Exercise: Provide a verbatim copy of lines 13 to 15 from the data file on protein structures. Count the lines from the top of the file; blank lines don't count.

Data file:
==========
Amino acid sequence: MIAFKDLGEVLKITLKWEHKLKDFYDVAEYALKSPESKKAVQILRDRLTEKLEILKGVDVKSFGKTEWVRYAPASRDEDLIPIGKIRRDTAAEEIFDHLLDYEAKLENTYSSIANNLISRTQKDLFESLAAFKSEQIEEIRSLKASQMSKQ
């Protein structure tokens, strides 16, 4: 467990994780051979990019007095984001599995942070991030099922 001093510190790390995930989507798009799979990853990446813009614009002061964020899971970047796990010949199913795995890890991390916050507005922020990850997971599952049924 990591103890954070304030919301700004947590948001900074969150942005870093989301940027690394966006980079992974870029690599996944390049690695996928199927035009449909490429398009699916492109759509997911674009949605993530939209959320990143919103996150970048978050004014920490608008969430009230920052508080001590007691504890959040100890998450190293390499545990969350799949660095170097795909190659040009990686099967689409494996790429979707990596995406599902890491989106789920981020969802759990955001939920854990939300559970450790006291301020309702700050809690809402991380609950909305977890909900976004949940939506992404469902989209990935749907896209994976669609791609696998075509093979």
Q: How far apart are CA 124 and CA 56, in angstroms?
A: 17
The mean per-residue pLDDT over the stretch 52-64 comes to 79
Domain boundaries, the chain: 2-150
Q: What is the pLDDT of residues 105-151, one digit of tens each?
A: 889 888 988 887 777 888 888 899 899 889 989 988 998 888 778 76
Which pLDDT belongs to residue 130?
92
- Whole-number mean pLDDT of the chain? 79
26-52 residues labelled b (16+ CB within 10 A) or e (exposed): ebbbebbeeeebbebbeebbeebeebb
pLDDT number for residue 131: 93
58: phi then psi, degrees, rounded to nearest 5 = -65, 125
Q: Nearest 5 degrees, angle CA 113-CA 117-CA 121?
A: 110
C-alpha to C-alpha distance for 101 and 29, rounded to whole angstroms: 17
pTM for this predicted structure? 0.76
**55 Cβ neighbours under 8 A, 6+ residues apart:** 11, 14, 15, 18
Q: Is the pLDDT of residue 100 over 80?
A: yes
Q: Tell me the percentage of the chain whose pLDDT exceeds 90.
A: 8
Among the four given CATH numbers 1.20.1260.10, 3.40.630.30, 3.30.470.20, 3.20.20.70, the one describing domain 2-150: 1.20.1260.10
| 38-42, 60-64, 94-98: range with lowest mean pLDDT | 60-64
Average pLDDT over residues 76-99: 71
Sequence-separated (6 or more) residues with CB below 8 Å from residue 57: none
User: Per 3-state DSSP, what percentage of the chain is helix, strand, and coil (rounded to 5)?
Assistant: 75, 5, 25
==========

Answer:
pLDDT number for residue 131: 93
58: phi then psi, degrees, rounded to nearest 5 = -65, 125
Q: Nearest 5 degrees, angle CA 113-CA 117-CA 121?